FedEx Earthsmart

An Earthsmart FedEx zero-emission all-electrical truck in Lower Manhattan on July 17, 2014. 

Car culture and the auto industry have been on the defense, with automakers launching their own lines of electric cars so that they can continue to control and profit from the transition to clean energy. In New York City, the new wave of left populism has empowered legislators and activists in pushing state and city governments to make streets safer for biking, walking and public transportation. The city’s Department of Transportation has a list of new bicycle lanes and busways in progress. Vision Zero, an initiative of de Blasio’s, is responsible for the rise in "complete streets" around the city. These are streets that set aside room for walkers, bikers and drivers as part of a mission to eliminate traffic accidents. 

EVs no doubt will have a role in any plans for a green future. However, that future will be one in which we prioritize bicycle and pedestrian infrastructure as well as faster and more reliable forms of public transport. By that point, we may have concluded what our cities needed was fewer vehicles, not just cleaner ones.

In general, there is more the city and state could do to increase clean technology usage. Goldmark noted that a similar New York state program aimed at helping local governments and public services reduce their greenhouse gas emissions could be a strong complement to the Make Ready plan.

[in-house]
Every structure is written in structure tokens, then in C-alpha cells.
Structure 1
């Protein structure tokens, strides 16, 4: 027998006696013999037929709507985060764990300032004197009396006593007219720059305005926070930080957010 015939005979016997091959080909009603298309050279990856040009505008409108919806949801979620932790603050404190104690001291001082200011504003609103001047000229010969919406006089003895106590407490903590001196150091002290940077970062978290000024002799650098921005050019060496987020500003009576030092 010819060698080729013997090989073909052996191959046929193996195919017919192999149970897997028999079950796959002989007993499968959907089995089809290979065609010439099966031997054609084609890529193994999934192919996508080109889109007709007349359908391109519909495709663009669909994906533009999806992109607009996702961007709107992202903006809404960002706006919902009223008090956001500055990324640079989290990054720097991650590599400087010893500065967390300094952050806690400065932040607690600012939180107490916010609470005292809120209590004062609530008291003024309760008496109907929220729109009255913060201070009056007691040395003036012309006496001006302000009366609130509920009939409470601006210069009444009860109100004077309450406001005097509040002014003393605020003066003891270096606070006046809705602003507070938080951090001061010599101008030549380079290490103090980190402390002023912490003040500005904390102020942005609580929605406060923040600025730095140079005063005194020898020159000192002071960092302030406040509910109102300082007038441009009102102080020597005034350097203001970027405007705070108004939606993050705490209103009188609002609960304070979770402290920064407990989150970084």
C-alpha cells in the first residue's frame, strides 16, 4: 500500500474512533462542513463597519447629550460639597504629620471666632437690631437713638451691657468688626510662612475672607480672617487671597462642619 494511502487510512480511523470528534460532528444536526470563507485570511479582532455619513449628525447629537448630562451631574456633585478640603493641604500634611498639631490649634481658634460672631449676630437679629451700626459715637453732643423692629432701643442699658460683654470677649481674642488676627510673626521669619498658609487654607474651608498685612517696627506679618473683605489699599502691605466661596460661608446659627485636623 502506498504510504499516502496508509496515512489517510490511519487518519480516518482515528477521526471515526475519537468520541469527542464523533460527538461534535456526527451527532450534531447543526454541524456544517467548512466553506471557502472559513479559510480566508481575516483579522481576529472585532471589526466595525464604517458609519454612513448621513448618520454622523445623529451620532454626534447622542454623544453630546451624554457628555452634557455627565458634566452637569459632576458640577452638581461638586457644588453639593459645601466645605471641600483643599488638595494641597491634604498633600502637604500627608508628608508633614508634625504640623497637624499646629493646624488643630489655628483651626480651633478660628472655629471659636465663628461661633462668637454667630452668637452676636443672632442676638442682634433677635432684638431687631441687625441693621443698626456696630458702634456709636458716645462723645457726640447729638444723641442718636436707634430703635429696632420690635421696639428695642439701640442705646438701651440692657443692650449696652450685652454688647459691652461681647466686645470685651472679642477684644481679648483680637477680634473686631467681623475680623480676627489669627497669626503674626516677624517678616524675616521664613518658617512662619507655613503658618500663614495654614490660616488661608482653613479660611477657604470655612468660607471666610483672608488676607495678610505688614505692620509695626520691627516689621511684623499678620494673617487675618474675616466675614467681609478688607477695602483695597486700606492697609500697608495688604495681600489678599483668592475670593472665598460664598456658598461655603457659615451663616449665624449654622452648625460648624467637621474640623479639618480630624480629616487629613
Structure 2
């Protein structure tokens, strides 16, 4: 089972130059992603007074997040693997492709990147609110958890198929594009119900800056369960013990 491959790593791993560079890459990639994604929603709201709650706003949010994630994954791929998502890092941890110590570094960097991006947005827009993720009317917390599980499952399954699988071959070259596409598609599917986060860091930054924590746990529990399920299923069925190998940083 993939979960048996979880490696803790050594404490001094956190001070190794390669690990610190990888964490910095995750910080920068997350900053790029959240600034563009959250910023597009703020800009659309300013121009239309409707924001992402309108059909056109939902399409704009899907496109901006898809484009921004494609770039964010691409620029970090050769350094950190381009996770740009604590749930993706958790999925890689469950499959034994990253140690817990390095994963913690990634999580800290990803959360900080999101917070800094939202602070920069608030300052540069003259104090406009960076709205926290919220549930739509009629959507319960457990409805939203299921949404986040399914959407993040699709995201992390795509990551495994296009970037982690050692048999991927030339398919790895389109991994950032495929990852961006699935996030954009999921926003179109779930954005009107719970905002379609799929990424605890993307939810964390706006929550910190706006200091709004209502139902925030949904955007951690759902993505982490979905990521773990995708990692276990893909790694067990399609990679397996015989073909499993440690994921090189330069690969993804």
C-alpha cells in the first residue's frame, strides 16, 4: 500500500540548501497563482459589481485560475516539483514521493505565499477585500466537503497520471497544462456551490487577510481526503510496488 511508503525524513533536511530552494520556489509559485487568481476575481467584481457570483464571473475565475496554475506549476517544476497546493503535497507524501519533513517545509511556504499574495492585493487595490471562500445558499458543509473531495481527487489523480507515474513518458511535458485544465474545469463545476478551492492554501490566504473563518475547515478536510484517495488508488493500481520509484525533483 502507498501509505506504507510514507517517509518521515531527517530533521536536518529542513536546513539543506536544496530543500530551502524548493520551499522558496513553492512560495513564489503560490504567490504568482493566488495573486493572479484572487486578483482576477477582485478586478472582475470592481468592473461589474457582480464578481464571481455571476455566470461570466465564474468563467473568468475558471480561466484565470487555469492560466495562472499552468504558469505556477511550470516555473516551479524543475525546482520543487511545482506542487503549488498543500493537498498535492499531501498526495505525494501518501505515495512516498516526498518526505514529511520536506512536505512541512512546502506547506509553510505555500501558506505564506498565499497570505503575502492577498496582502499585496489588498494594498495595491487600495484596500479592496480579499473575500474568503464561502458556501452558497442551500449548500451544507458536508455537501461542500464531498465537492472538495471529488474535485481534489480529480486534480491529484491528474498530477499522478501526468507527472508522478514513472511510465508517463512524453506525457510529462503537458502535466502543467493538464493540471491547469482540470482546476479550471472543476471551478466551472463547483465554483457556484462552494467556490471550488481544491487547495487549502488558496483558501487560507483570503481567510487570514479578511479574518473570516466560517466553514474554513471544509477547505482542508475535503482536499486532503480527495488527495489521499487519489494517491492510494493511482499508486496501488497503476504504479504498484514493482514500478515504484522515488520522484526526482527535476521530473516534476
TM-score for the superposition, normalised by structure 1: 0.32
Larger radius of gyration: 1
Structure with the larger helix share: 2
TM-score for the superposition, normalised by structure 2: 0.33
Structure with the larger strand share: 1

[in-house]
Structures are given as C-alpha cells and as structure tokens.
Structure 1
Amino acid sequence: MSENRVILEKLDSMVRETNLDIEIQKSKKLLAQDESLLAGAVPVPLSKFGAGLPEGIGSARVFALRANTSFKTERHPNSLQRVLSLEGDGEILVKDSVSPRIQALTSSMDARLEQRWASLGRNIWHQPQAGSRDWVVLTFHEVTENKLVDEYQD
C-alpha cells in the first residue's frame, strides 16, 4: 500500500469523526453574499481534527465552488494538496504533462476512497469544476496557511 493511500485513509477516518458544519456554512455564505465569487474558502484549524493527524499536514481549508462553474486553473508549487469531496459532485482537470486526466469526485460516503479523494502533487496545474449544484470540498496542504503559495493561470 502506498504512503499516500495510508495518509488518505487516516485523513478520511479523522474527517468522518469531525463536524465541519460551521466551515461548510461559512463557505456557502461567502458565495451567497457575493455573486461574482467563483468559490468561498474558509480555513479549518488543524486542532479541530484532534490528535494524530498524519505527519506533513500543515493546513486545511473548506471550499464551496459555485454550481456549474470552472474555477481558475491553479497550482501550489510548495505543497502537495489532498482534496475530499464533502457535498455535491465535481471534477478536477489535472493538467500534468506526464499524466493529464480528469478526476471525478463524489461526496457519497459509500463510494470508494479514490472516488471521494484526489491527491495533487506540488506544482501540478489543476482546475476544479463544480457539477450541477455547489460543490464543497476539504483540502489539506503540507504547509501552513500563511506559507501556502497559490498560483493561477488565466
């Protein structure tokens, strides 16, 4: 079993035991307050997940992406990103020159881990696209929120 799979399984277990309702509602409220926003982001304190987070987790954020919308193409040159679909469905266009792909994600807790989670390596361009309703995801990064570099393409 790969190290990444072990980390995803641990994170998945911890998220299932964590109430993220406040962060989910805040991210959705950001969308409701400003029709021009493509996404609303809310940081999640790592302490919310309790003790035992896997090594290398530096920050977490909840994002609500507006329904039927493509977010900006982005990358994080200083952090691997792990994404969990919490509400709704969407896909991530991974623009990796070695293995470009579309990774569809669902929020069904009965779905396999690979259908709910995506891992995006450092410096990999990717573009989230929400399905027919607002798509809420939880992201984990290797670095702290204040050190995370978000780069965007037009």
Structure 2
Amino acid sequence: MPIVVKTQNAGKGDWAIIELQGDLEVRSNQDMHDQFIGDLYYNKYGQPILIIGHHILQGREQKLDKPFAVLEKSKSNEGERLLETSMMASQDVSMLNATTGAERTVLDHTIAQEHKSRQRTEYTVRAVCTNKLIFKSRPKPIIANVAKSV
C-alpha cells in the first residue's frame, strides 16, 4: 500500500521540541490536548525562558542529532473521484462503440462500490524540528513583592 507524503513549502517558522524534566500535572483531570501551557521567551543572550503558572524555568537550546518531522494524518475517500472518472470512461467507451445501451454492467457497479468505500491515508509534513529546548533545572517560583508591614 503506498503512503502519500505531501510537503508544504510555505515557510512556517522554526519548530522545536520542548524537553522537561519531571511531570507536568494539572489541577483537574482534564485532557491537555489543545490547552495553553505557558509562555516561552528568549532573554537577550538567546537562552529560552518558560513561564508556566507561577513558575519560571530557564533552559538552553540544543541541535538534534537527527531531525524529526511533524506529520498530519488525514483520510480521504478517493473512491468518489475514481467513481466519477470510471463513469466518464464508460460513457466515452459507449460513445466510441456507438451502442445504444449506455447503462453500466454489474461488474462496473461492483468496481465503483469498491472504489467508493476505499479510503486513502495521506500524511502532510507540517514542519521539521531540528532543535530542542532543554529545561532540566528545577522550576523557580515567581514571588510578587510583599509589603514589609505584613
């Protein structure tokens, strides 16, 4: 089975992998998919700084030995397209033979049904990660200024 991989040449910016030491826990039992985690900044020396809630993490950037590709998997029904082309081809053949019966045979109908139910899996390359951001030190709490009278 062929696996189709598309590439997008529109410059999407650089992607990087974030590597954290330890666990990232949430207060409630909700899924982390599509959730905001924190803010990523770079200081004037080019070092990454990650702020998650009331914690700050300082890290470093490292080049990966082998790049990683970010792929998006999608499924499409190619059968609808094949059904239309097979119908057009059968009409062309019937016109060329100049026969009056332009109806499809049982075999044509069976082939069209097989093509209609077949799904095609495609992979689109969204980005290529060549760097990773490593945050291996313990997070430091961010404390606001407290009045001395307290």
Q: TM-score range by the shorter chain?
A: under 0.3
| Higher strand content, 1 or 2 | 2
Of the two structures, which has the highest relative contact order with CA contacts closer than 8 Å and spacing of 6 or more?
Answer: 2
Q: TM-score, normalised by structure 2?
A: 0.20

"If we can now get the state of New York to come up with a similarly bold program for its built space, particularly public sector space such as health facilities, education buildings, etc., then we will have addressed the two sectors contributing the heaviest part of the carbon load to the statewide carbon footprint, and the ones the state can do most about without federal help," Goldmark added. 

Government procurement of more green technology would expand production and allow the entire industry to lower prices. As it stands now, clean technology is more expensive than nonrenewable energy and the private sector will not make the switch to clean energy until the price point becomes competitive.

An initiative to reorient government procurement away from non-renewable energy sources and toward clean technology could provide the needed economies of scale that could entice the private sector into going green, thus paving the way for a much greener and renewable future.